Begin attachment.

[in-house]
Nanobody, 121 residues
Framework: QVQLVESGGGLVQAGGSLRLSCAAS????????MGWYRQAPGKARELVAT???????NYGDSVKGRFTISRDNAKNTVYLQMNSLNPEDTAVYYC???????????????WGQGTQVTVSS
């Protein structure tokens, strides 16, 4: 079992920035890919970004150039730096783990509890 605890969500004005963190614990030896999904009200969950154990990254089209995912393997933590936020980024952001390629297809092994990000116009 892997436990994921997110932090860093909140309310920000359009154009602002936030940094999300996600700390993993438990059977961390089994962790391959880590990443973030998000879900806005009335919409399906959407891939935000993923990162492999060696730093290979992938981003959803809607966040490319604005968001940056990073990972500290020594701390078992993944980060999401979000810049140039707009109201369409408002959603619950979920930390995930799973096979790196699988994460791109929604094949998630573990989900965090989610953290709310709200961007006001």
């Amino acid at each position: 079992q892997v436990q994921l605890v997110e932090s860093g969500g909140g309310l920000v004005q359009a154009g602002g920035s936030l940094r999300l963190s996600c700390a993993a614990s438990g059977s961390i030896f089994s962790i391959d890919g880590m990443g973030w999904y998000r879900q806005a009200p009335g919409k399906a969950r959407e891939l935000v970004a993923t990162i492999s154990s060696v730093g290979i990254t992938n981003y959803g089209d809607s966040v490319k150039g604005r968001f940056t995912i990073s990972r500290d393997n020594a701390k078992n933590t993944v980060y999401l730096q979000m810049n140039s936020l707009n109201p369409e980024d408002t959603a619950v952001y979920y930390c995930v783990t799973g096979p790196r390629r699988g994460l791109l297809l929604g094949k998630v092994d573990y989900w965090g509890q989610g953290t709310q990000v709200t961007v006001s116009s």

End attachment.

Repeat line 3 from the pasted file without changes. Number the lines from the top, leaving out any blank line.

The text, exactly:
Framework: QVQLVESGGGLVQAGGSLRLSCAAS????????MGWYRQAPGKARELVAT???????NYGDSVKGRFTISRDNAKNTVYLQMNSLNPEDTAVYYC???????????????WGQGTQVTVSS